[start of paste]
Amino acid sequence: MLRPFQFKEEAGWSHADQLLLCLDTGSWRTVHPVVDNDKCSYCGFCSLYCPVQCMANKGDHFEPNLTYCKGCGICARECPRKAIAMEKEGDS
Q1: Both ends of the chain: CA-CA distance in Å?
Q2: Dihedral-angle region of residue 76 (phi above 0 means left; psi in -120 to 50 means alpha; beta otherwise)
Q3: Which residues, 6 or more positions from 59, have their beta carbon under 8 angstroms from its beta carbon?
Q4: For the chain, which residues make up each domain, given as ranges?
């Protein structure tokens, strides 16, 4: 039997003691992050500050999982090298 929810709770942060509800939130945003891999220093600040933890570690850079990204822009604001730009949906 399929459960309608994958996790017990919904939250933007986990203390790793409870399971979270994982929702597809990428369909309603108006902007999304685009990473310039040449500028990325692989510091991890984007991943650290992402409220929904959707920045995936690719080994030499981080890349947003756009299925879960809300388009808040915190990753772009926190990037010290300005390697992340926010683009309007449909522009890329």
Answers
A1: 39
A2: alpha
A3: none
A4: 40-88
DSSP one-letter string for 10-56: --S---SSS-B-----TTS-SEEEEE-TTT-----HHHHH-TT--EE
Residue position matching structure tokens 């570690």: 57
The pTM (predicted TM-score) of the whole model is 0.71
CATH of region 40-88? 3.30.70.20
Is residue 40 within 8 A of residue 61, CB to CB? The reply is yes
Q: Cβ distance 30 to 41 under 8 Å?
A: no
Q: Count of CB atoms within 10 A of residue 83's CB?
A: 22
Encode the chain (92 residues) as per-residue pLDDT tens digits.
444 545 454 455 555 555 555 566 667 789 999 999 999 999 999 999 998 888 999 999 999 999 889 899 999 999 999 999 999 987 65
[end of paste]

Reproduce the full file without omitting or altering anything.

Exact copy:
Amino acid sequence: MLRPFQFKEEAGWSHADQLLLCLDTGSWRTVHPVVDNDKCSYCGFCSLYCPVQCMANKGDHFEPNLTYCKGCGICARECPRKAIAMEKEGDS
Q1: Both ends of the chain: CA-CA distance in Å?
Q2: Dihedral-angle region of residue 76 (phi above 0 means left; psi in -120 to 50 means alpha; beta otherwise)
Q3: Which residues, 6 or more positions from 59, have their beta carbon under 8 angstroms from its beta carbon?
Q4: For the chain, which residues make up each domain, given as ranges?
């Protein structure tokens, strides 16, 4: 039997003691992050500050999982090298 929810709770942060509800939130945003891999220093600040933890570690850079990204822009604001730009949906 399929459960309608994958996790017990919904939250933007986990203390790793409870399971979270994982929702597809990428369909309603108006902007999304685009990473310039040449500028990325692989510091991890984007991943650290992402409220929904959707920045995936690719080994030499981080890349947003756009299925879960809300388009808040915190990753772009926190990037010290300005390697992340926010683009309007449909522009890329």
Answers
A1: 39
A2: alpha
A3: none
A4: 40-88
DSSP one-letter string for 10-56: --S---SSS-B-----TTS-SEEEEE-TTT-----HHHHH-TT--EE
Residue position matching structure tokens 């570690």: 57
The pTM (predicted TM-score) of the whole model is 0.71
CATH of region 40-88? 3.30.70.20
Is residue 40 within 8 A of residue 61, CB to CB? The reply is yes
Q: Cβ distance 30 to 41 under 8 Å?
A: no
Q: Count of CB atoms within 10 A of residue 83's CB?
A: 22
Encode the chain (92 residues) as per-residue pLDDT tens digits.
444 545 454 455 555 555 555 566 667 789 999 999 999 999 999 999 998 888 999 999 999 999 889 899 999 999 999 999 999 987 65